Professor Regina de Vivie-Riedle passed away

10 Jul 2024

Regina de Vivie-Riedle, born in Wuppertal in 1958, passed away after a long, serious illness on June 20, 2024 at the age of 66.

After studying chemistry at the Friedrich Wilhelm University of Bonn, Regina de Vivie-Riedle received her doctorate from the University of Bonn in 1987 under Professor Sigrid D. Peyerimhoff. This was followed by a post-doctorate at the Max Planck Institute for Quantum Optics in Garching (1988 - 1990) and at the University of Colorado, Boulder, USA (1991 - 1992). Supported by a habilitation scholarship from the German Research Foundation, she worked as a research assistant at the Institute for Physical and Theoretical Chemistry at the Free University of Berlin from 1994 to 1997, where Regina de Vivie-Riedle completed her habilitation in theoretical chemistry in 1997.

After a position as C3 group leader at the Max Planck Institute for Quantum Optics, Garching (1997-2002), Regina de Vivie-Riedle was an adjunct professor of theoretical chemistry at the Faculty of Chemistry and Pharmacy at the Ludwig Maximilian University of Munich from 2002 until the end of her life.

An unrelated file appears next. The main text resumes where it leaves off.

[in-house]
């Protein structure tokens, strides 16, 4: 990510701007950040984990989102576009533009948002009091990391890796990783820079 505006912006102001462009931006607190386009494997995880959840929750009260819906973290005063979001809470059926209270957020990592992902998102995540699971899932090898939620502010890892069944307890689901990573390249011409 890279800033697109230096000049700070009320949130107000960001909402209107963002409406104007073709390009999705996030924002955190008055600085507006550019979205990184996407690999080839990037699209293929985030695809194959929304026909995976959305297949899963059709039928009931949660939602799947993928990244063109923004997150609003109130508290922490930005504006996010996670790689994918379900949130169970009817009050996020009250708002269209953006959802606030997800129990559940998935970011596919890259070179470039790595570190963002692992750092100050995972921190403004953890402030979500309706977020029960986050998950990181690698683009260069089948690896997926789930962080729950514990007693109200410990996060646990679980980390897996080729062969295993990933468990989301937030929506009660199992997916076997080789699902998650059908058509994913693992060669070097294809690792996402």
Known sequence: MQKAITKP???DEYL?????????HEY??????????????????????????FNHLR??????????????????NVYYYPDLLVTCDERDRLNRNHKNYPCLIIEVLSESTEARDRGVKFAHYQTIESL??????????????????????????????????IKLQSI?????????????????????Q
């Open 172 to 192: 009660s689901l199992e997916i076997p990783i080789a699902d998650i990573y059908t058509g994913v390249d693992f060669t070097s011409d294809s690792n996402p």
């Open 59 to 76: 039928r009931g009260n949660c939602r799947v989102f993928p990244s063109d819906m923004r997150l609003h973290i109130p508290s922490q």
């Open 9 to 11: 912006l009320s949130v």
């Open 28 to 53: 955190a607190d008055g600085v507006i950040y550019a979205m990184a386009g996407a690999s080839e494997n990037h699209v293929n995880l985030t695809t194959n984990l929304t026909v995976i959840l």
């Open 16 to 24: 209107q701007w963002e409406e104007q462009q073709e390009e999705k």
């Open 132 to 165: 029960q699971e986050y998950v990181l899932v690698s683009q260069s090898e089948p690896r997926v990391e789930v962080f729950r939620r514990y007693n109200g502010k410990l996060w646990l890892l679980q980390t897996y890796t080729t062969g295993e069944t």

De Vivie-Riedle's research focused on the numerical description of chemical dynamics using quantum dynamic methods. Early on, de Vivie-Riedle was involved in pioneering topics such as the quantum mechanical control of chemical reactions using light fields and quantum computing based on molecular systems. Her research has provided profound microscopic insights into the dynamics of chemical reactions. During her career, de Vivie-Riedle has been instrumental in shaping the field of theoretical femtochemistry in Germany.

Regina de Vivie-Riedle not only made outstanding scientific achievements in the field of theoretical chemistry and quantum dynamics, but also provided outstanding support to the faculty over many years as Dean of Studies and Women's Representative. Her legacy will endure through the numerous publications and the generations of chemists she has trained and inspired. In Regina de Vivie-Riedle we have lost a great, highly esteemed colleague who inspired us both scientifically and personally. We will sorely miss her.